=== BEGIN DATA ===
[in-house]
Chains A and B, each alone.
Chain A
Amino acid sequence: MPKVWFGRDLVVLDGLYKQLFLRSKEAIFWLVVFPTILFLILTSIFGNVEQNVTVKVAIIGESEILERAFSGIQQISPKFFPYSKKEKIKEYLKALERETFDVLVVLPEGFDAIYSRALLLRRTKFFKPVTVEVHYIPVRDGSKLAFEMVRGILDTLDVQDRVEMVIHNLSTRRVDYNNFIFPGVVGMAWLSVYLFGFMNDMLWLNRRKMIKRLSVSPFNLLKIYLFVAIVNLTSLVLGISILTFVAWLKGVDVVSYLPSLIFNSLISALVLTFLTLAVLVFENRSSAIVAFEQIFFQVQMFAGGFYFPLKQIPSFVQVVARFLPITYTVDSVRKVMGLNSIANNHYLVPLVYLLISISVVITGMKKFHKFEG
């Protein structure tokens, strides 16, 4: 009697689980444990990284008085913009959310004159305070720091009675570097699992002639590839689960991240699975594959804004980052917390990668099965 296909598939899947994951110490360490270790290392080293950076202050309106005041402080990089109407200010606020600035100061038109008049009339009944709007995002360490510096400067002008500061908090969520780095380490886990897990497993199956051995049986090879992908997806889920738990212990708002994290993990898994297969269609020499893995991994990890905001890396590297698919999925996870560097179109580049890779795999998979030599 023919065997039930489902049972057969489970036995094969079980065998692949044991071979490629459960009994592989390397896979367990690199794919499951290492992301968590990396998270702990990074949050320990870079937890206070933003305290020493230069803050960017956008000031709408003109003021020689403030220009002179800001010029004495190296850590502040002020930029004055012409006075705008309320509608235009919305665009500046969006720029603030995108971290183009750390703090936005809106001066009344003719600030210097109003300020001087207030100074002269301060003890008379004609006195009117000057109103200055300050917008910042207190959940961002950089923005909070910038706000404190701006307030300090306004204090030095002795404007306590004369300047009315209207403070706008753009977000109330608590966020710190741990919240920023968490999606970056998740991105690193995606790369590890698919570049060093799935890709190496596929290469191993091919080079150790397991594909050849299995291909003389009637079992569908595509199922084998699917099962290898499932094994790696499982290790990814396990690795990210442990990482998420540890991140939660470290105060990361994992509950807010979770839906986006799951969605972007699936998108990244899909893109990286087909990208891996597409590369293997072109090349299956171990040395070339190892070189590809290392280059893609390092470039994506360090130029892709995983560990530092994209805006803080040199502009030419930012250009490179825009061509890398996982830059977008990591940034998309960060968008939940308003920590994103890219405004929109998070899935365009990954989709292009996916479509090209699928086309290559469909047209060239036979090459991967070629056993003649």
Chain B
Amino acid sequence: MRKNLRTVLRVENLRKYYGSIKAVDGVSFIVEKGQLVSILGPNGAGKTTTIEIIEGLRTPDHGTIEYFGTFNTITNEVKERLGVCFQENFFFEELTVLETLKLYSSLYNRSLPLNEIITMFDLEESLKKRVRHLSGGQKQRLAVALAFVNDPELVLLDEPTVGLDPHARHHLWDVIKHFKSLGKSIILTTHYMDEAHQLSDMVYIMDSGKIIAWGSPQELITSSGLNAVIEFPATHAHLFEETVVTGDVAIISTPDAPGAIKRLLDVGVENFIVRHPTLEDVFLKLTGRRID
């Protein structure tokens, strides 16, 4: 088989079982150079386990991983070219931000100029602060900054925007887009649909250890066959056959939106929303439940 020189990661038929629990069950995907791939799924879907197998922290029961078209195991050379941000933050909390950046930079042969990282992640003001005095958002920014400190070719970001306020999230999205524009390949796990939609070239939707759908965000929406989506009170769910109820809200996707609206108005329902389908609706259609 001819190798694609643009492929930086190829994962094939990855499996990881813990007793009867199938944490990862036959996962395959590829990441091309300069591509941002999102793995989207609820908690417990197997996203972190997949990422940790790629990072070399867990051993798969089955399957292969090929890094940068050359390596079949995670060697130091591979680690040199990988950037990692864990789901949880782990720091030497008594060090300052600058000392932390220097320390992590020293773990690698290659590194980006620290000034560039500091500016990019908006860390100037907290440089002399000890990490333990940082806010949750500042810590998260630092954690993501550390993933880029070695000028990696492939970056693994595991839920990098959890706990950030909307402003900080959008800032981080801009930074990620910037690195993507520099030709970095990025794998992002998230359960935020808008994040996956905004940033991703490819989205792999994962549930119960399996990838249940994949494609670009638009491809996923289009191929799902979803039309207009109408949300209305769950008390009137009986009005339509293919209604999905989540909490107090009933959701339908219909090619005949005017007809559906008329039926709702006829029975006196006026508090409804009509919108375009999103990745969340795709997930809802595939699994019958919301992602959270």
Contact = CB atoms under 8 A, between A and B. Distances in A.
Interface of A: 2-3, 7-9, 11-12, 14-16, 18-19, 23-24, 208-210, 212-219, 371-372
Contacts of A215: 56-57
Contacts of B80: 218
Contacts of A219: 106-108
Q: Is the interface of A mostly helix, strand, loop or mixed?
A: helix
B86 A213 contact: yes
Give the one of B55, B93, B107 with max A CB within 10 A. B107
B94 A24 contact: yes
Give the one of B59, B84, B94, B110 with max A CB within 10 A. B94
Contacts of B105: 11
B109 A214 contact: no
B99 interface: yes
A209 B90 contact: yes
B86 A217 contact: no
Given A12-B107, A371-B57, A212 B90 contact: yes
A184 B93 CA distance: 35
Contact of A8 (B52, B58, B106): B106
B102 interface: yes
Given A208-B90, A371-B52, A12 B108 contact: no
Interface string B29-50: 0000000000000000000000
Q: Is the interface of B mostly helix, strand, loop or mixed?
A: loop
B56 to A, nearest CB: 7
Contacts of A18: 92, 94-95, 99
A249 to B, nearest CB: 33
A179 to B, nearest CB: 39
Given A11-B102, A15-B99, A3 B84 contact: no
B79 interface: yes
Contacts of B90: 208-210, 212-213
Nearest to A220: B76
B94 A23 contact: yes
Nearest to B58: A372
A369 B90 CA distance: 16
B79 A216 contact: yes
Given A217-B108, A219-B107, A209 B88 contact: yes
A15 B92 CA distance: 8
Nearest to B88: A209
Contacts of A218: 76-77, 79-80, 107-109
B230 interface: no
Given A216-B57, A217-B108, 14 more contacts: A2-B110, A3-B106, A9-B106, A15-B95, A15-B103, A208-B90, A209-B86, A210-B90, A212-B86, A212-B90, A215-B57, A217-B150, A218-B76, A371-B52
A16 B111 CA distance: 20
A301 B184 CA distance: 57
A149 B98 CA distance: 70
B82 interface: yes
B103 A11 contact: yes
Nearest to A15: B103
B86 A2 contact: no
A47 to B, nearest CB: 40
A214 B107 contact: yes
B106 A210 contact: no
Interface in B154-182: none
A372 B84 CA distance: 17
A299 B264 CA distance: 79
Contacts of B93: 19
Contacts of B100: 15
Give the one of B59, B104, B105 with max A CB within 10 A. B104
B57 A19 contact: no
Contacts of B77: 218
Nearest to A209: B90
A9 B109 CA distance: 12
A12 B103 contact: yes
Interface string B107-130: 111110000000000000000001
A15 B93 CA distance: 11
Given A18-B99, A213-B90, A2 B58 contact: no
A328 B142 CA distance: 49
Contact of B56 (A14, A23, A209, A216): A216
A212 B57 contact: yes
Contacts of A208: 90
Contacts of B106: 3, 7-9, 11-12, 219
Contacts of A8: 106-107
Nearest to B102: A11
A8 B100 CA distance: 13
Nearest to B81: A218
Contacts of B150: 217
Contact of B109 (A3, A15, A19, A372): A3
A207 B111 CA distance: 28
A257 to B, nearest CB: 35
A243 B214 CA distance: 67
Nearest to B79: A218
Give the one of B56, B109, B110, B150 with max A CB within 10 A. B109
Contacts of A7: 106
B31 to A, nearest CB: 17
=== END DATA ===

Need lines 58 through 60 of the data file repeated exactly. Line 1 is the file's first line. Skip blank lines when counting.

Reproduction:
A47 to B, nearest CB: 40
A214 B107 contact: yes
B106 A210 contact: no